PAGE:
The asphalt spill from the McAsphalt plant in Port Stanley harbour has reduced to 70% of its original size.
It is estimated that by the end of the month the asphaltic emulsion should have completely broken up and been stored.
The storage tank ruptured on 22 December, spilling $1.6 million (€1.2 million) of hot liquid into the moat where it hardened and needed to be broken up by excavation equipment in order to remove it.
Earlier last month two McAsphalt representatives, Fred Darlington and Joel Gardner, appeared before the Central Elgin Council to answer questions about the spill.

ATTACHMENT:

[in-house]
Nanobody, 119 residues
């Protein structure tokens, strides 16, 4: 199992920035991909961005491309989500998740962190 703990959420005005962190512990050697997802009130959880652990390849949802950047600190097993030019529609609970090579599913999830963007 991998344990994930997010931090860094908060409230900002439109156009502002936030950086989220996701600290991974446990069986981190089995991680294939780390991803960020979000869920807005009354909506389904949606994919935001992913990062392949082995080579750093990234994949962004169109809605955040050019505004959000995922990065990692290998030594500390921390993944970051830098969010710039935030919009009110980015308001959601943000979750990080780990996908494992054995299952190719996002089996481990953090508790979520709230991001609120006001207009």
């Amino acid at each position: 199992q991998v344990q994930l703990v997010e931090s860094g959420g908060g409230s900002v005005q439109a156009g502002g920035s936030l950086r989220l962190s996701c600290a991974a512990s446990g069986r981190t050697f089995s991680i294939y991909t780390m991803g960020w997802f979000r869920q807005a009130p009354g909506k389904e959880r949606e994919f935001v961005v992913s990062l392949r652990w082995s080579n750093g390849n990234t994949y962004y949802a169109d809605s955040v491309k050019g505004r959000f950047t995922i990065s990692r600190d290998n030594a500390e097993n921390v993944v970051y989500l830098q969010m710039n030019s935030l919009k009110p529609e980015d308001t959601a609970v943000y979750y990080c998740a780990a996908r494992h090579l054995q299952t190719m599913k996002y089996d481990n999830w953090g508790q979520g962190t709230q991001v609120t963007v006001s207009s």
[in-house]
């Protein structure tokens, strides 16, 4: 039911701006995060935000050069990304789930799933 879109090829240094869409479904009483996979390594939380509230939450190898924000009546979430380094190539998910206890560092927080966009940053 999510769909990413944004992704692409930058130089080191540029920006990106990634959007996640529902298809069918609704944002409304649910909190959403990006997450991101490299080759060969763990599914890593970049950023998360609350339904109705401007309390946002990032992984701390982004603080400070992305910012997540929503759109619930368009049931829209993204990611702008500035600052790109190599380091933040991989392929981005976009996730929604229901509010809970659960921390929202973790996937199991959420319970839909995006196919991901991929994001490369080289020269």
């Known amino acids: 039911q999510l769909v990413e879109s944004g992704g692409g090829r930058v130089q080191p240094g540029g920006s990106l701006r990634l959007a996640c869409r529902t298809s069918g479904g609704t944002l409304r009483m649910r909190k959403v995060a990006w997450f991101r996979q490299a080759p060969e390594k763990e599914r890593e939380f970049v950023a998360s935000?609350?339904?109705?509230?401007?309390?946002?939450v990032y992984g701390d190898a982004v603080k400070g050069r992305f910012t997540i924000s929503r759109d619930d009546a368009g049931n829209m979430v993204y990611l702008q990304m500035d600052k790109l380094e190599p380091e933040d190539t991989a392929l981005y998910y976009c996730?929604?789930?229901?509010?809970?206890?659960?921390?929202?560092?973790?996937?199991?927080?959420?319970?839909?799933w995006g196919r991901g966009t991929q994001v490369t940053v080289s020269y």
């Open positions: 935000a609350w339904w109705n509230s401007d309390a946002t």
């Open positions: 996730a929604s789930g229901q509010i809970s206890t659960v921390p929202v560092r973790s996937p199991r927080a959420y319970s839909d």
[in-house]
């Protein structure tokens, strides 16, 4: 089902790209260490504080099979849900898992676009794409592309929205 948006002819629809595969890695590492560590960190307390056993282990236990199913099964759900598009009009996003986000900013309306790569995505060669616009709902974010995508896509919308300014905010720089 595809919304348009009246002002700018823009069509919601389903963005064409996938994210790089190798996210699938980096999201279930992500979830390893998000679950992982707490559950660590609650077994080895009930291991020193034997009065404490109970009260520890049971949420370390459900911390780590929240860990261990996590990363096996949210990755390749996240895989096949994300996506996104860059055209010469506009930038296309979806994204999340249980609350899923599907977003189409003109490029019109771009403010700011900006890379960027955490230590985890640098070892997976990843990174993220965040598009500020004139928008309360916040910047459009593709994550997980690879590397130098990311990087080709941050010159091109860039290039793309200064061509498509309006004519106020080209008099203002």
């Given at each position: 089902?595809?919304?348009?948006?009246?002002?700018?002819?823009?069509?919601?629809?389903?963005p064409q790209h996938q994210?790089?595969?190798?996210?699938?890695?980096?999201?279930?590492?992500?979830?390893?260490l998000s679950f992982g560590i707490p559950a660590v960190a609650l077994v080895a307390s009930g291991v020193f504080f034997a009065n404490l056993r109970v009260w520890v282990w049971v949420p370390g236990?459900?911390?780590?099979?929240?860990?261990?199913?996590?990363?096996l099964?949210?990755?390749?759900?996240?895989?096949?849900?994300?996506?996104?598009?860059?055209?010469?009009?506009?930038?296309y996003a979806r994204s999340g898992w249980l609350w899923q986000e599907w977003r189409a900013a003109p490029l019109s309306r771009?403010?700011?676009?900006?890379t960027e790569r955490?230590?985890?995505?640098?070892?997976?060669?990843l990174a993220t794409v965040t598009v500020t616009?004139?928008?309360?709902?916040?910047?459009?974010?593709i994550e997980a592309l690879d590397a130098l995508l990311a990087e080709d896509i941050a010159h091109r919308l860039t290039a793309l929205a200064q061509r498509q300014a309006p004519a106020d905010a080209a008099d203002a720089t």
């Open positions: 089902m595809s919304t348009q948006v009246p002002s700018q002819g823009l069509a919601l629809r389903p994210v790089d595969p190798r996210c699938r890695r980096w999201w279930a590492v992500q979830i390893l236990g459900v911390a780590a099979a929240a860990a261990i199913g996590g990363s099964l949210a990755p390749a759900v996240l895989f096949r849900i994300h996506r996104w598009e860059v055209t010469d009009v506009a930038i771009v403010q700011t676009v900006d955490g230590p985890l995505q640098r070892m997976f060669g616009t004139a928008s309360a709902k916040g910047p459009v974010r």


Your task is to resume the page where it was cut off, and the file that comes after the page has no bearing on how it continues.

At the meeting, the public put forward questions for the councillors to ask and Darlington defended McAsphalt’s actions, saying the company had ‘done the best they could in the circumstances’ following the spill.
Darlington also said there was no longer a risk the spill could harm animals as the company had reclaimed a large proportion of the spilled product. However he acknowledged that about 5% of the spill would not be able to be cleaned up.
The pair was asked to give weekly updates to Central Elgin Mayor Bill Walters after the council criticised the way in which the company dealt with the spill.